With adventure comes failure. It’s natural that if you are taking a risk, you aren’t always going to succeed. The key to failure is to not let it beat you, and most importantly, don’t panic. Take the time to understand what you need to do differently, why that failure occurred, and then get up and try again. DeMaso’s speech focused on finding adventure, which was especially appropriate for Lees-McRae graduates. Life is like that sometimes. Your adventures aren’t always going to be successful. Sometimes, just when you think that everything is going great, you say something dumb and end up with three broken ribs. You have to respect the adventure, have fun, enjoy it, don’t get too cocky, and don’t get too comfortable. Life will throw you a curveball or a pointy rock right when you least expect it, and you are going to have no choice but to not let it defeat you, brush yourself off, and continue on. The diverse curriculum embodies the way that you as graduates and the school have embraced adventure. Classes that cover topics like outdoor recreation management, nursing, and pre-veterinarian are not for the faint of heart. Saving a wild animal’s life, much less a human’s, requires guts. Adventure runs deep at this school and translates into your athletics programs. Both traditional and non-traditional sports are enjoyed at this school. Congratulations to all of you who have participated in any of the sporting programs, and a special congratulations to the softball team for winning the Conference Carolina Championships! “The key to failure is to not let it beat you, “ DeMaso said. “Life will throw you a curveball or a pointy rock right when you least expect it. Take the time to understand what you need to do differently, why that failure occurred, and then get up and try again.” “Adventure isn’t just about doing things like rock climbing, skiing, or hiking,” DeMaso told the graduates. “Life is one big adventure. Adventure is getting that first apartment, first job, or first love.” Honestly, I have not been on a downhill mountain bike again since then, and I can say with confidence that I have no plans for that activity in the future. But what I did learn is to be careful of overconfidence. Life, similar to When I visited Lees-McRae back in early April, I was blown away by the students, staff, and administration. When I first saw the school motto pulling into campus— Well, no I didn’t. “Being bold and putting yourself in uncomfortable and sometimes risky situations is the formula for success. Those calculated risks are what separates the people who are just going through the paces of life from the people who pioneer new businesses, help causes, and change their communities. They influence people and ultimately change the world.” I am sure many of you are ready, excited, and yes, nervous about moving on to your next adventure. You might be ready to put Lees-McRae and Banner Elk in your rearview mirror and move on. I would be willing to bet that almost all of you will later look back on your time here as special and long to be back in the safety of these mountains. Just remember that your adventures began here, and you are well equipped to take what you have learned here and go out into the world and make yourself, your families, and this school, proud. Entering into this relationship is a leap of faith for all parties involved. Figuring out how to navigate life’s adventures together is the key to success. I caution you to never stop taking calculated risks and caring for one another, just as this school has taught you to do with your friends, classmates, and professors. Foster these relationships, but do not get complacent. Keep embarking on those bold and sometimes risky undertakings, but love and So I decided to focus on what I know the best: the outdoors. “Daaaad, don’t you know that the show The Bachelor ruined the word ‘Journey?’” Being bold and putting yourself in uncomfortable and sometimes risky situations is the formula for success. In his speech, DeMaso recounted a downhill mountain bike ride that went horribly wrong; he ended up landing on a ”perfectly placed pointy rock” and breaking three ribs. “The opening of my speech!” In the Mountains, Of the Mountains, For the Mountains—I felt right at home. What other school has a beautiful mountain stream running right through the middle of campus? Those calculated risks are what separates the people who are just going through the paces of life from the people who pioneer new businesses, help causes and change their communities. They influence people and ultimately change the world. adventure, can take a turn at any moment, and you have to be prepared. Careful preparation, concentration, and attention to detail are critical parts of any adventure as well as your lifelong pursuits. There will likely be a point in your life that you choose to change paths and enter into an adventure with a partner. These partners could be mentors, co-workers, business partners, loved ones, or family of your own. Those adventures alongside those partners will change the entire dynamic. You can no longer make decisions independent of anyone else. You are now forced to make decisions that are in the best interest for the group. This is where things get tough. Now, my wife and kids couldn’t be prouder of their dad and the opportunity to give a commencement address to this incredible group of graduates. They jumped at the chance to hear what I had come up with. Two years ago, Lees-McRae won the top adventure school award given to them as voted on by the readers of Blue Ridge Outdoors Magazine. With over a half million votes, you guys beat out state universities like West Virginia University, Virginia Tech, and University of Tennessee. You guys were the first small school to ever take the title of Top Adventure School in its 8 year history. The mountains have embraced this community and this school. It’s a safe haven for outdoor adventure, learning, and friendships. These mountains are your protector. They provide an amazing place for learning and growing into adulthood. Most of you will probably leave this safe haven and embark on one of the most important adventures of your life. Take what you have learned here, go out on your own, create the life that you have worked hard for, and know “you got this.” I am not sure about you…but I call that life. As I went around the first turn, the front tire got caught up on a rock, and I went straight over the handlebars, flying down the side of the mountain through the air. In the air, I reflected on how dumb it was to exclaim something like that to my co-workers and how I probably deserved my fate. I landed on my side in the only place there was no body armor on this splendidly chiseled pointy rock that was placed perfectly in my landing zone. It knocked the wind out of me, and as I laid there in the middle of I launched into the opening of the speech, proclaiming with pride, that the title was “The Journey.” I got two sentences in and looked up to expect tears in their eyes, so blown away about the words that I had pieced together. As I looked over them, I was taken back. My wife was slightly shaking her head, and my 17-year-old daughter was rolling her eyes. I said, “What? What is the matter?” Adventure isn’t just about doing things like rock climbing, skiing, or hiking. Life is one big adventure. Adventure is getting that first apartment, first job, or first love. Adventure is leaving friends and family and starting in a new town where you don’t know anyone. And the adventures never stop. They continue through life creating relationships and family. Thank you. I went back to my bathroom defeated, with my tail between my legs. For days it was reported that I was walking around looking down and shaking my head, mumbling about how some dumb reality TV show just ruined my speech. I looked up the definition of adventure, and I have to say, I had a really good laugh. The definition of adventure is an exciting experience that is typically a bold, sometimes risky, undertaking. What I witnessed while visiting, and coming back here this weekend, is amazing: a dog-friendly, environmentally conscious school, with a wide curriculum, that attracts students from all over the country, not to mention your wildlife rehabilitation center on campus, as well as a diverse mix of on-campus activities and athletic programs. Lees-McRae is truly a special place embraced in these beautiful mountains. Adventure is at the core of this school, and it is now part of you. Embrace those risky undertakings and bold experiences. And yes, they are exciting but also scary. The title of the speech was “The Journey.” Oh, I was going to blow all of you away with this speech. Beaming with pride, I entered the kitchen where my wife and two teenage daughters were, and I proclaimed, “I’ve got it.” It requires compromise and patience. For the adventurous souls that are used to taking risks, this can be tricky. The full text of his speech appears below, along with photos from the commencement address and graduation. Congratulations to this year’s Lees-McRae graduates and all of the 2019 graduates across the region. Never stop taking chances. This was not smart. I worked tirelessly on what I was going to say and then one day it came to me while I was outside knee-deep in my favorite trout stream. I made a beeline back home and locked myself in my bathroom—my only getaway spot in our busy house—and wrote the opening paragraph. I looked back over it, and it was the most profound thing that I have ever written. nowhere, with no medical attention around, with three broken ribs, I reflected on this failed adventure. I had no choice but to get up, dust myself off, and finish the painful ride down the mountain. As graduates here today, you are already in a great position for whatever your future holds, because as a school, you have embraced adventure. There is nothing that is safe in life. Going out on your own requires you to be bold and take risks every day. Yes, it can be scary, but the rewards are big. He encouraged graduates to take risks every day. Find Your Adventure Congratulations, graduates. There was this one time, as a fairly new business owner, that some of my co-workers at the magazine and I were invited to go on this epic downhill mountain biking course. Now downhill bikes are completely different than your average mountain bike. It is basically a motorcycle with no engine where you hurl yourself straight down a mountain, through the woods, narrowly missing trees, while going over jumps and around berms. This is not your everyday bike ride. DeMaso first began pondering lofty speech themes while knee-deep in his favorite trout stream. But when he ran his ideas by his teenage daughters, they weren’t impressed. So he decided to stick with what he knew best: the outdoors. “What, dad?” care for the people in your life. They come first now, and you will have to navigate these adventures together. Yes, some of these relationships will fail, and again, you will have to learn from your mistakes, pick yourself up, and try again. Lees-McRae College won last year’s Top Adventure Schools Contest, and it has a well-earned reputation for being a leader in outdoor learning and adventure. This year, they asked Blue Ridge Outdoors Magazine president Blake DeMaso to deliver the keynote address. DeMaso spoke last Saturday in Banner Elk, N.c., to the Lees McRae College’s class of 2019 graduates. What? Accept failure, embrace learning, and go on to that next adventure. As we were gearing up with full helmets and body armor, I reminded the guide that while, yes, we are outdoorsy people from an outdoorsy magazine, none of us have ever done this before. See, when we go out on these trips, the guides always want to take us on the biggest adventure, wanting to give us the “real experience.” So we take off, and I was gripping the handle bars for dear life. As time went on, I embraced it, and I was feeling good about my abilities on the course while my co-workers about 10 years younger than me were struggling. We came to a stop so everyone could catch up, and when we pushed off again, I rode second behind the guide, looking back to my friends and exclaiming, “Hate that an old man like me has to show you guys up!” I know you are all wondering: Blake, have you since mastered downhill mountain biking? Did you not let that failed adventure get the best of you? Did you brush yourself off and get back on that bike after you healed? I am very honored to be here. I have been extremely excited for this day and I started preparations for this speech from the moment I received the invitation to speak.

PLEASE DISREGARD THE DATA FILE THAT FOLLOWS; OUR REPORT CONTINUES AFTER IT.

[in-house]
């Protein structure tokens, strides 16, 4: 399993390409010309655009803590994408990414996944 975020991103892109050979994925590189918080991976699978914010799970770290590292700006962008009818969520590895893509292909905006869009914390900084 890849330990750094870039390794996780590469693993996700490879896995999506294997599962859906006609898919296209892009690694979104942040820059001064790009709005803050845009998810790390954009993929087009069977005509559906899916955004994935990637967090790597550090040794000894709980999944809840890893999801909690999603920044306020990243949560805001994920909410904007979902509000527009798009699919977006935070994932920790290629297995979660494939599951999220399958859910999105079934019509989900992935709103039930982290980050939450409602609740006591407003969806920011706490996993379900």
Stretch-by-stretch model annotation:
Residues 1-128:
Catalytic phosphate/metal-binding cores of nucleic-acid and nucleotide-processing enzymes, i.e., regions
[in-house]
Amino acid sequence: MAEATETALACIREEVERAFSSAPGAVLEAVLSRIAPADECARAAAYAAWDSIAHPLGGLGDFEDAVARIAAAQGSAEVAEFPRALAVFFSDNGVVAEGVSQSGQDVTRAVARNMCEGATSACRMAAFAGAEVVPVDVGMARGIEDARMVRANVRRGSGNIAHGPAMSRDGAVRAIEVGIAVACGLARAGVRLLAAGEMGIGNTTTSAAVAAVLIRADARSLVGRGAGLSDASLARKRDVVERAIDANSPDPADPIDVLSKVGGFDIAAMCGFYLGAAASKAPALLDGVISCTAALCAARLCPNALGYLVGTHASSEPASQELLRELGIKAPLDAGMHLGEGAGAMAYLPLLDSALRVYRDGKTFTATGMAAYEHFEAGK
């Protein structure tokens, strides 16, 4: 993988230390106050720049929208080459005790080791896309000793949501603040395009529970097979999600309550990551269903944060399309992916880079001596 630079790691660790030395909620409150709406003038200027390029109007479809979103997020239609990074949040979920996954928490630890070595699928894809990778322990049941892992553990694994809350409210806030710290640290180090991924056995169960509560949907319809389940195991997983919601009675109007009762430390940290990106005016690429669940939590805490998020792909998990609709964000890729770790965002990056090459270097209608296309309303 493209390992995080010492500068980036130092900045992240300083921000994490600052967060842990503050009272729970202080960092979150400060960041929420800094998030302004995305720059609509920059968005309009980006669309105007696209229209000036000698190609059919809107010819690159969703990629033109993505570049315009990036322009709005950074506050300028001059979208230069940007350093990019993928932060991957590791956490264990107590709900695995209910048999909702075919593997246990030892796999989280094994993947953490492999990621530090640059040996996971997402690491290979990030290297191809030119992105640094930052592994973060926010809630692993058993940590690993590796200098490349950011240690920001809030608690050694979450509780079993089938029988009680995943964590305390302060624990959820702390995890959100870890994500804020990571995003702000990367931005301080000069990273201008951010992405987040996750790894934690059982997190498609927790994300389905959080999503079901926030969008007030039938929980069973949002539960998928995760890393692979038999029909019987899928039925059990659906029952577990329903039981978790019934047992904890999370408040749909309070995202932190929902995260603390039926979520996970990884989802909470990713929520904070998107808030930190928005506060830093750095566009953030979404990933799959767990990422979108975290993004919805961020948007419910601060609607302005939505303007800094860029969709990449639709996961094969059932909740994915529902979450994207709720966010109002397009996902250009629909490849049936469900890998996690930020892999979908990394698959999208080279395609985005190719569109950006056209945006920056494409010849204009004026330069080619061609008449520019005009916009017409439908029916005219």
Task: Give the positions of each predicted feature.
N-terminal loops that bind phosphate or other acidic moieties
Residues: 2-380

Larry Ellison, founder of Oracle Corporation and USC’s 2016 commencement speaker, has donated $200 million to the University in order to fund a cancer research center in West Los Angeles, the University announced on Wednesday.The Lawrence J. Ellison Institute for Transformative Medicine of USC will be led by David Agus, a professor of engineering and medicine at USC and the current director of the Center for Applied Molecular Medicine and USC Westside Cancer Center.“It is an honor and a privilege to team up with Larry Ellison in the fight against cancer,” Agus told USC News. “Larry understands the need for transformation in cancer care. His gift will enable us to change our very approach on cancer research, treatment and prevention.”Ellison, who in 2015 was named the world’s second richest man in the tech industry by Forbes, announced the donation at the USC Center for Applied Molecular Medicine’s Rebels with a Cause fundraising gala.“The new institute will invite mathematicians, physicists and other scientists to collaborate with cancer researchers from the traditional disciplines of medicine and biology,” Ellison said, according to USC News. “We believe the interdisciplinary approach will yield up new insights currently hidden in existing patient data.”Ellison had previously planned a similar $115 million donation to Harvard University in 2006 for cancer research, but reneged on the gift due to concerns about how the money would be handled after the University’s then-president stepped down, according to the Los Angeles Times.Ellison’s gift matches the largest single donation ever given to the school. In 2011, David and Dana Dornsife donated $200 million to the College of Letters, Arts and Sciences, now known as the Dana and David Dornsife College of Letters, Arts and Sciences. More recently, the University announced in March that it had raised $5 billion of a $6 billion fundraising campaign that was launched in 2011.According to the Los Angeles Times, Ellison and Agus are already well acquainted, and Ellison has been discussing this donation with President C.L. Max Nikias for the past 15 months.“This investment by Larry Ellison in USC is as inspirational as it is momentous, and it will serve as a dynamic force for change in how we approach cancer treatment and prevention,” Nikias told USC News. “It is a concrete endorsement of USC’s vision to invest in the promise and potential of new technologies, and to support a bold push forward in how we achieve wellness.”
The Jamaican – the world record holder in both the 100m and 200m – has had further scans on the injury, which showed the damage to be worse than anticipated.Bolt, who also won 11 world titles, has now retired from sprinting.Former United players Edwin van der Sar, Paul Scholes, Denis Irwin, Dwight Yorke, Phil Neville, Ronny Johnsen, Louis Saha, Mikael Silvestre, Jesper Blomqvist, Quinton Fortune and Dion Dublin are all expected to take part in the charity game.Bolt tweeted an image of his muscle tear and said the injury will require three months of rehabilitation.The Jamaican could only manage bronze in his penultimate race – the men’s 100m at London 2017 – before pulling up injured just as he began to hit top speed in his final event, the 4x100m relay, last Saturday.It meant the 19-time global champion, recently described by Lord Coe, the president of athletics’ governing body the IAAF, as “a genius” akin to boxing legend Muhammad Ali, bowed out being helped off the track by his team-mates, barely able to stand upright.“I don’t usually release my medical report to the public but sadly I have sat and listened to people questioning if I was really injured,” Bolt said on social media, before later deleting the posts.“I have never been one to cheat my fans in any way and my entire desire at the championship was run one last time for my fans.”Share this:FacebookRedditTwitterPrintPinterestEmailWhatsAppSkypeLinkedInTumblrPocketTelegram Eight-time Olympic gold medallist Usain Bolt will not be able to play in Manchester United Legends’ game against Barcelona at Old Trafford on September 2 due to injury.It had been planned for the 30-year-old sprinting great, a lifelong United fan, to play in the fixture, which will raise money for the Manchester United Foundation.However, Bolt suffered a hamstring injury as he ran the final leg of the 4x100m relay at the World Athletics Championships in London on Saturday.